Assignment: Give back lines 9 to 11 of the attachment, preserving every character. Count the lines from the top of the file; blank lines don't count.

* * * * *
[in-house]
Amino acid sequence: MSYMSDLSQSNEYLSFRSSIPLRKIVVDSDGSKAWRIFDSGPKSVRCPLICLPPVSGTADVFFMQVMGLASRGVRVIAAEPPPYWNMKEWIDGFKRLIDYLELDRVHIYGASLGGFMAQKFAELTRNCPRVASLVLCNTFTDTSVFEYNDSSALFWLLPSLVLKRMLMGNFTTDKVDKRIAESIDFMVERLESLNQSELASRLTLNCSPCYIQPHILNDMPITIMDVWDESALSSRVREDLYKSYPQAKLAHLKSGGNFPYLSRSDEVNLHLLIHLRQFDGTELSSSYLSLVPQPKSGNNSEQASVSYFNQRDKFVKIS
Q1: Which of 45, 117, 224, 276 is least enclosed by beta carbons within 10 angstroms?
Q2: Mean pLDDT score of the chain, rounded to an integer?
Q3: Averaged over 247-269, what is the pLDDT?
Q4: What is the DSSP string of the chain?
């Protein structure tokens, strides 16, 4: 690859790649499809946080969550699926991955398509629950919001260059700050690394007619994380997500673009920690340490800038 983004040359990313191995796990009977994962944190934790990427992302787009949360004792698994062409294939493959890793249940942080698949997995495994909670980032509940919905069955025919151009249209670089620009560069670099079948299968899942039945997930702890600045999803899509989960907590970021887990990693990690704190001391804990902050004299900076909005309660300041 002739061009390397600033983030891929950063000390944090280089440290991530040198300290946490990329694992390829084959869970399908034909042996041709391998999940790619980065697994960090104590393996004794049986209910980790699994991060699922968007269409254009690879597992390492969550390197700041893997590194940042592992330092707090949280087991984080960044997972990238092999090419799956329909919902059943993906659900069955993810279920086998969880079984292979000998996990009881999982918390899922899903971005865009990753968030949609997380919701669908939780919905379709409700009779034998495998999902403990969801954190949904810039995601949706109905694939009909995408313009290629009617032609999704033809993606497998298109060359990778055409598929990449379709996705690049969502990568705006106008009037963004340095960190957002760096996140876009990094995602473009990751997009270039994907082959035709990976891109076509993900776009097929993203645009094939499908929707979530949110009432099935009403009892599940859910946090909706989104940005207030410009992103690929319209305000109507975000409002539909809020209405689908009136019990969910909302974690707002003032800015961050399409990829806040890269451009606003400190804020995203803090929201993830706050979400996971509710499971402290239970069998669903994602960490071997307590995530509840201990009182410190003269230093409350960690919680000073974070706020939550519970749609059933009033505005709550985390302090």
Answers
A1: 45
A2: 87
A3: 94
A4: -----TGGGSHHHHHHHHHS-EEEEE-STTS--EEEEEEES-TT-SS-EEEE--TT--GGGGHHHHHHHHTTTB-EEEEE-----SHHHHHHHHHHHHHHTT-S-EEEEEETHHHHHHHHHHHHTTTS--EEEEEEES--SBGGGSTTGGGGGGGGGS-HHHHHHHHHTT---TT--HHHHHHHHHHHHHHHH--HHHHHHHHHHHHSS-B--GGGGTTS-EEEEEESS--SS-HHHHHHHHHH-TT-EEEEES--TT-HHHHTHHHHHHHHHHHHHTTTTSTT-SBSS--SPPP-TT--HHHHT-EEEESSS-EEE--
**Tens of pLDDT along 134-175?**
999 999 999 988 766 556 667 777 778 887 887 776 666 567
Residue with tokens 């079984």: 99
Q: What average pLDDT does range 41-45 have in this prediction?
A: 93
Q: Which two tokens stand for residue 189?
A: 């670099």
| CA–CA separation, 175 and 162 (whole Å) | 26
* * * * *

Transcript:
A1: 45
A2: 87
A3: 94